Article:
Virtue Signaling and Purity Spiraling

Interesting article from Quillette: Worry About Piety Contests, Not ‘Virtue Signaling’

Classifying virtue signaling is hard.

There are perhaps four forms of virtue signaling:

virtue signaling 1: signaling virtue with the intent of boosting one’s status (such as posting a tweet; re-tweeting)

virtue signaling 2: signaling virtue but without intent of boosting one’s status (same as above, but not caring about status or who sees it)

virtue signaling 3: engaging in virtuous activity but with the intent of boosting one’s status and or legacy (making a large donation to build a legacy and namesake, such as to a university or hospital)

virtue signaling 4: engaging in virtuous activity but without the expectation of recognition (anonymous donation)

#2 & #4 could just be simply ‘virtue’, since there is no intent to boost one’s status.

Although #4 can technically be considered more virtuous than #3, to the recipient, it does not make a difference.

Piety spiraling/purity spiraling: largely concerns #1 but can sometimes involve #2; oppression Olympics; concentric rings of intersectionality; disavowing; one-upmanship to see who can signal the most virtue and solitary with the smallest and most oppressed group. This can get out of control and to outsiders resembles a witch hunt or inquisition.

#3 and #4 seldom spiral because they involve much more work, rather than just tweeting something. Viral social media and the 24-7 news cycle are especially conducive to the formation purity spirals.

Purity spiraling involves multiple people whereas virtue signaling involves just a single individual, but many individuals simultaneously engaging virtue signaling often leads to a spiral when it feeds on itself. A example of this is the #metoo movement, which began as a legitimate grievance against Harvey Weinstein and Kevin Spacey, both of whom engaged in actual sexual assault, but in recent weeks has become so encompassing that any semi-important man who has ever made an advance at a woman, is now at risk.

A second example of a recent piety/purity spiral was the 2017 Women’s March on Washington, but not so much the march itself, but rather infighting on Twitter between POC-feminists and white feminists. POC-feminists accused white feminists of hijacking the ’cause’ and being deaf to the fact that Trump is a bigger threat to POC than whites, and that whites elected Trump (so even white feminists, who oppose Trump, still bear some collective guilt). White feminists, in order to show solidarity with POC and to atone, began disavowing other white feminists, with increasing hostility. There is a sort of self-destructive element to it, in that members will of the same ‘tribe’ or identity will turn on each other.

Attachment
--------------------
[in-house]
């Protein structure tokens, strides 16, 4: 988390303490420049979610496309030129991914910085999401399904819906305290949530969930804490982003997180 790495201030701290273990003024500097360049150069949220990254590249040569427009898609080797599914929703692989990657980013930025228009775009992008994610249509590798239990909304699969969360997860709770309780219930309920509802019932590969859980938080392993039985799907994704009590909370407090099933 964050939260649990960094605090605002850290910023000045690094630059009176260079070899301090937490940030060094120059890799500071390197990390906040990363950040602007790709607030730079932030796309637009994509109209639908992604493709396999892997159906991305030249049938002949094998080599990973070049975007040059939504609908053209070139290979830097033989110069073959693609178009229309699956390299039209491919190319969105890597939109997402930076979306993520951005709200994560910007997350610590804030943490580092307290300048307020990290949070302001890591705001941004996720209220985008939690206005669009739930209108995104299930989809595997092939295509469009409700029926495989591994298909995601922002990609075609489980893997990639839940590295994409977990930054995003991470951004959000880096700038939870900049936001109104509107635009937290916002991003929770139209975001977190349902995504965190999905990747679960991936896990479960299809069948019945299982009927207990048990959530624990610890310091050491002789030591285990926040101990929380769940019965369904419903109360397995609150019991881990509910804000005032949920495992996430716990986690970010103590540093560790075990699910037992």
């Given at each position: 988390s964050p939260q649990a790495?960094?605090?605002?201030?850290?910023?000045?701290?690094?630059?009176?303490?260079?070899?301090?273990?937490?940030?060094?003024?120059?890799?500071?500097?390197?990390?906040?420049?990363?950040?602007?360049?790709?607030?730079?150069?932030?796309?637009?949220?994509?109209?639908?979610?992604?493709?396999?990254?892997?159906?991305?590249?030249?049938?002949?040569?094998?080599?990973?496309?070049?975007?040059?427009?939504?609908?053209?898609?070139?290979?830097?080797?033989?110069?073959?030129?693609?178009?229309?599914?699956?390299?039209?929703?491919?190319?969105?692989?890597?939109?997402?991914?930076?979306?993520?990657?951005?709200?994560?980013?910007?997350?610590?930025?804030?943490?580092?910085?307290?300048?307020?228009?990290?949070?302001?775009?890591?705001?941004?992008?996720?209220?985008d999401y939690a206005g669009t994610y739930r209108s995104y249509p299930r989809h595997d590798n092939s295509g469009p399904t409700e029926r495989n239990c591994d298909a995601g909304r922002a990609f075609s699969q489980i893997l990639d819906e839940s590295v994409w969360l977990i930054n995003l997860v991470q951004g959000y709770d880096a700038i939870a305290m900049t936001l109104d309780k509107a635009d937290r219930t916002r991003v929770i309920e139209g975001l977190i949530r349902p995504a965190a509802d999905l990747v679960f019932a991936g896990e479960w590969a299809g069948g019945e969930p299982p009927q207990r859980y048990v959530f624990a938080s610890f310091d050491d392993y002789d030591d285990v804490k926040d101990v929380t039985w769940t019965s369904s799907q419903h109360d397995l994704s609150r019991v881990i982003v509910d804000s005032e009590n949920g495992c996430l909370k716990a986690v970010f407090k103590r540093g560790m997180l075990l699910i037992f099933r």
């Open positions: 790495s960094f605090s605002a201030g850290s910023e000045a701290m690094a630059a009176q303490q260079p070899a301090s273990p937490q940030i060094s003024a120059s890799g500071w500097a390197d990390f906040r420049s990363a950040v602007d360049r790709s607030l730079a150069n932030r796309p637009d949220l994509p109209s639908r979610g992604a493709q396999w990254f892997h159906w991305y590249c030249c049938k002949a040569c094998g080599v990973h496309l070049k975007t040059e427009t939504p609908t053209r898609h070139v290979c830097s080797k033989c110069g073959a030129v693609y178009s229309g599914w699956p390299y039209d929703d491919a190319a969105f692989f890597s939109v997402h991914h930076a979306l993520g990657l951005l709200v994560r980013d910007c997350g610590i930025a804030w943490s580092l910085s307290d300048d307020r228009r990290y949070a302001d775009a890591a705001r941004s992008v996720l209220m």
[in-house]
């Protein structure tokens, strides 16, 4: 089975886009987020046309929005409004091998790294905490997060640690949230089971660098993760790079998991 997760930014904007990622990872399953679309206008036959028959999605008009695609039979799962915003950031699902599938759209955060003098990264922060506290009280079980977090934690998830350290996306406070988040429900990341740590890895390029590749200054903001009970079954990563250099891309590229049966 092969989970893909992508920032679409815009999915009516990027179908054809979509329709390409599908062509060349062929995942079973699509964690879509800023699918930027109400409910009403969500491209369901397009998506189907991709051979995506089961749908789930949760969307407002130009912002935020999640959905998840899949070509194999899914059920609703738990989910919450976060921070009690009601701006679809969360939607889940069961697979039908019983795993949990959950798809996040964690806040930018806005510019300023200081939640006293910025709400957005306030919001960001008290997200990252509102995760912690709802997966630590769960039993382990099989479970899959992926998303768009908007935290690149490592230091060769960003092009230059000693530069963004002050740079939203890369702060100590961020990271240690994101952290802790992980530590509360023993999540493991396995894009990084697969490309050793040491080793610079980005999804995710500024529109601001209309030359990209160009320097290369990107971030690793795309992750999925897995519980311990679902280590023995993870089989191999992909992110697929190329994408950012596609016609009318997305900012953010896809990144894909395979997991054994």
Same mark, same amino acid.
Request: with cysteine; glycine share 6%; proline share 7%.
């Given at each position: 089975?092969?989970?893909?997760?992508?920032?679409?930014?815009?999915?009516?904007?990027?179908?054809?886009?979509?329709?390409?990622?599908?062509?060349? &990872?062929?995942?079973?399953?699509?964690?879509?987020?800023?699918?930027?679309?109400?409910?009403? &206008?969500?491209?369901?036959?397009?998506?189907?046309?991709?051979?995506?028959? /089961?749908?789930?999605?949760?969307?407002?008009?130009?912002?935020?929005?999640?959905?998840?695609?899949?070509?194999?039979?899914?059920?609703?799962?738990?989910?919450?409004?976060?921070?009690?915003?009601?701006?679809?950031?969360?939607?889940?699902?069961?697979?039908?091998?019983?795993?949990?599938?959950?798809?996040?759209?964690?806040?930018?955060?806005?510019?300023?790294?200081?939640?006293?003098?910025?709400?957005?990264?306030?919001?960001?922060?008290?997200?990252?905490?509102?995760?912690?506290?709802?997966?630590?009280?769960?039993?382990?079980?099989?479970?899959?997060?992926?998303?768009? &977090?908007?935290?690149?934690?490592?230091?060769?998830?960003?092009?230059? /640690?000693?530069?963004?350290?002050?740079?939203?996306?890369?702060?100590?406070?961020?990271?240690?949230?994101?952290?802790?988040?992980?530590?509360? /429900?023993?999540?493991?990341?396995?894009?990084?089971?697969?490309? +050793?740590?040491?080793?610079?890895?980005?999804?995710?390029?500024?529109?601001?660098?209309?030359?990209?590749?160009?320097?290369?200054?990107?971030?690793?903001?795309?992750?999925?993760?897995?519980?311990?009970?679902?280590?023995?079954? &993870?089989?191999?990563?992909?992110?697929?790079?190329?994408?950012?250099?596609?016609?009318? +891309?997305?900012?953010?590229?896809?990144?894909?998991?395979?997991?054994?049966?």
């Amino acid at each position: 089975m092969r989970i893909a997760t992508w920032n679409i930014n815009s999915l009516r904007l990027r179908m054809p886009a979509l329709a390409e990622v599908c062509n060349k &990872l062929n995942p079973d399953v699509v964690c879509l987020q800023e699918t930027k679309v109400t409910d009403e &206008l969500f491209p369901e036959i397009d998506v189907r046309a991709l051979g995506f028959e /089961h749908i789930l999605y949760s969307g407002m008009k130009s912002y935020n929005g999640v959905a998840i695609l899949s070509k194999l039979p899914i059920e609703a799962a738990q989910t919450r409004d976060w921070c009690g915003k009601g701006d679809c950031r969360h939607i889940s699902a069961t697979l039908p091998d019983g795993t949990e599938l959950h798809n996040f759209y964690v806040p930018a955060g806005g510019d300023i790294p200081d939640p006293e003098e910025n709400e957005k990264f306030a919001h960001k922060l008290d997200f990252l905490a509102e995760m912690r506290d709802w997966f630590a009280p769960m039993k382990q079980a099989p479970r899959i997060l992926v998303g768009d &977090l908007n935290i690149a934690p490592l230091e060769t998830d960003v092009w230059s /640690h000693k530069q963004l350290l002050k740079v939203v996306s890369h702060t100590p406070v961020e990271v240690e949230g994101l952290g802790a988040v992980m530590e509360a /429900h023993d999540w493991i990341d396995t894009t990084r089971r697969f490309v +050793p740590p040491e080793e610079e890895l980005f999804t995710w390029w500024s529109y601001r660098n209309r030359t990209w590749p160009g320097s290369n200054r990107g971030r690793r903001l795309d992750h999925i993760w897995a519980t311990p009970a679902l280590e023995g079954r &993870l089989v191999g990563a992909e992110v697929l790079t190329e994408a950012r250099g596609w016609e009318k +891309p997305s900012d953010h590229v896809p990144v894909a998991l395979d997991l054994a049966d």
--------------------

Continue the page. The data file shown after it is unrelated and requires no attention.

As I have argued previously, genuine virtue necessarily begins as posturing. People are not born caring about high ideals. They will, however, start to care about what others think of them, and realize that high ideals are something that people reward you for having. It’s only after a period of posturing that norms and high ideals are internalized, and that acting virtuously becomes habitual and second-nature. Only then can these ideals become a motive force for genuine virtue. This has been understood at least since St. Augustine, who wrote at length about the necessity of cultivating virtuous habits. More recently, C.S. Lewis argued:

Although posturing is an insincere show of virtue, it’s possible to signal virtue without posturing. For example, someone may genuinely want to help the homeless, but at the same time signal his virtuousness by being seen helping. Most of the SJWs on Twitter and Tumblr care about the causes they are promoting, but at the same time they seek status by being seen by their peers as displaying as much virtue as possible.